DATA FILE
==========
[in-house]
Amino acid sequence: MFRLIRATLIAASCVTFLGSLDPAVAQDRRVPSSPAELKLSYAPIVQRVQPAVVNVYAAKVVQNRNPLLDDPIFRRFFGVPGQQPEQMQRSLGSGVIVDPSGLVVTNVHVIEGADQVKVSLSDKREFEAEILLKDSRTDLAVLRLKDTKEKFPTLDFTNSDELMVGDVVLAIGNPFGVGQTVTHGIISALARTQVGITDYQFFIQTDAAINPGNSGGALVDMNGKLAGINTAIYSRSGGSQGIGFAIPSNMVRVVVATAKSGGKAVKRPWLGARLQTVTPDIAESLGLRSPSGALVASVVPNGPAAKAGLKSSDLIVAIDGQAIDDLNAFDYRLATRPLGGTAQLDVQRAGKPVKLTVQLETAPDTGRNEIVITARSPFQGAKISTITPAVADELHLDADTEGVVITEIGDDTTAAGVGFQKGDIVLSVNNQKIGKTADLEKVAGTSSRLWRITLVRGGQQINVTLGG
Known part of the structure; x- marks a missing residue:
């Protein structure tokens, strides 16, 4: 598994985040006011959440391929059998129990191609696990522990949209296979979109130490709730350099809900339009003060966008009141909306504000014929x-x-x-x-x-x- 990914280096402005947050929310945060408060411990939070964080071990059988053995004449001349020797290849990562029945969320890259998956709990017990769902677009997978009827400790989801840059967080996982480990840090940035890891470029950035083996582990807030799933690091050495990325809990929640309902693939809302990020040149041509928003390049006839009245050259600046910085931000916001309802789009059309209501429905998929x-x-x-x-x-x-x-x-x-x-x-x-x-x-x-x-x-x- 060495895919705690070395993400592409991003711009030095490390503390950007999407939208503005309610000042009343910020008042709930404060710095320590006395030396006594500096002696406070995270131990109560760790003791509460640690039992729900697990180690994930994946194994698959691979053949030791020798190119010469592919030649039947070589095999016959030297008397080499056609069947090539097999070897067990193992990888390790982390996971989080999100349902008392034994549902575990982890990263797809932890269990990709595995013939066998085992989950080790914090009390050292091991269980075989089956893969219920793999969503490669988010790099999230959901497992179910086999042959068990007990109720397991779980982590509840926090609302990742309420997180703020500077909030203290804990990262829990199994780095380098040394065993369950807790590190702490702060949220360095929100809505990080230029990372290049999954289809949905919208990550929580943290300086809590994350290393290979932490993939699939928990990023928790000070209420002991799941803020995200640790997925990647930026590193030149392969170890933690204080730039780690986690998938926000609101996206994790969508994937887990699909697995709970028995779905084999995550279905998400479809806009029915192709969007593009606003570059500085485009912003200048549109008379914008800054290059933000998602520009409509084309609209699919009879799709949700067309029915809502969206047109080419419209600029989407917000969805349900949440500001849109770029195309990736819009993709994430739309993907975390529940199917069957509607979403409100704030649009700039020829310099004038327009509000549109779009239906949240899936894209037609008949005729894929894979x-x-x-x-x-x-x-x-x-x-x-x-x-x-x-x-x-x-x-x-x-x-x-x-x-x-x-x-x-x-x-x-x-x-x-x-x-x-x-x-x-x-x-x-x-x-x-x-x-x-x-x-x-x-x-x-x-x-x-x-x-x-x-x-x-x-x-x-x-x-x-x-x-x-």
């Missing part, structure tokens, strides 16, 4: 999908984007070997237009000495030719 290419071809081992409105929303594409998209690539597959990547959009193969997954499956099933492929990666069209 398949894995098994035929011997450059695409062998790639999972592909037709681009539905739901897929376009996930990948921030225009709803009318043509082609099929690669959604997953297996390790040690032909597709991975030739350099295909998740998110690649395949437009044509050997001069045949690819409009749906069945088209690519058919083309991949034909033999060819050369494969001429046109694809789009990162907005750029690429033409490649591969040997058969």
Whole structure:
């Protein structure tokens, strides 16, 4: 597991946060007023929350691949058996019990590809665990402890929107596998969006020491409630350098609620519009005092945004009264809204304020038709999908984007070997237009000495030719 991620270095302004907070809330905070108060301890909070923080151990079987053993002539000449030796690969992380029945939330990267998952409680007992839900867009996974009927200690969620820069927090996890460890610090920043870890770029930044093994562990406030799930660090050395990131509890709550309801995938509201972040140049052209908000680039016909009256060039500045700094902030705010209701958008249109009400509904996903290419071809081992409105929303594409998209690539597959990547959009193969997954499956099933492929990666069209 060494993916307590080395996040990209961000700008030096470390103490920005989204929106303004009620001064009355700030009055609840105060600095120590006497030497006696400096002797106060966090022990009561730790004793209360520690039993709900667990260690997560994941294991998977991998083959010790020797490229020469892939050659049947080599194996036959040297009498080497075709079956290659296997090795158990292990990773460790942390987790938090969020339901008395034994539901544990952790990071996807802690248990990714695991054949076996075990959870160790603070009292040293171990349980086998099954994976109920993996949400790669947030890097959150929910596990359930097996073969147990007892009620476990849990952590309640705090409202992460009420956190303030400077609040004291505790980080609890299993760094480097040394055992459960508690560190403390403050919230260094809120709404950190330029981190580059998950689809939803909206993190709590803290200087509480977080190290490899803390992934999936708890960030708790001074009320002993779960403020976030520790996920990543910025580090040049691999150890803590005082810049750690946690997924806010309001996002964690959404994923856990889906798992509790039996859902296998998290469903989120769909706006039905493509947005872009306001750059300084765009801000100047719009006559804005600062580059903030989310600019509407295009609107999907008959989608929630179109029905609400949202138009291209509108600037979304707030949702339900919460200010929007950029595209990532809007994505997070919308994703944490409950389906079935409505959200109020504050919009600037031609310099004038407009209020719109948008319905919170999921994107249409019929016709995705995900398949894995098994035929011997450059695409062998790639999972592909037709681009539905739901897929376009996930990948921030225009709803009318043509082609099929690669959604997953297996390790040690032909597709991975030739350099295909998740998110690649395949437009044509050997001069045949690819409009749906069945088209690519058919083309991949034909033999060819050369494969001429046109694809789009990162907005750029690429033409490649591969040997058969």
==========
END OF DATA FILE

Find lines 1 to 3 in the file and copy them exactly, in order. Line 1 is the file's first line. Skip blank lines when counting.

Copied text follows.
[in-house]
Amino acid sequence: MFRLIRATLIAASCVTFLGSLDPAVAQDRRVPSSPAELKLSYAPIVQRVQPAVVNVYAAKVVQNRNPLLDDPIFRRFFGVPGQQPEQMQRSLGSGVIVDPSGLVVTNVHVIEGADQVKVSLSDKREFEAEILLKDSRTDLAVLRLKDTKEKFPTLDFTNSDELMVGDVVLAIGNPFGVGQTVTHGIISALARTQVGITDYQFFIQTDAAINPGNSGGALVDMNGKLAGINTAIYSRSGGSQGIGFAIPSNMVRVVVATAKSGGKAVKRPWLGARLQTVTPDIAESLGLRSPSGALVASVVPNGPAAKAGLKSSDLIVAIDGQAIDDLNAFDYRLATRPLGGTAQLDVQRAGKPVKLTVQLETAPDTGRNEIVITARSPFQGAKISTITPAVADELHLDADTEGVVITEIGDDTTAAGVGFQKGDIVLSVNNQKIGKTADLEKVAGTSSRLWRITLVRGGQQINVTLGG
Known part of the structure; x- marks a missing residue: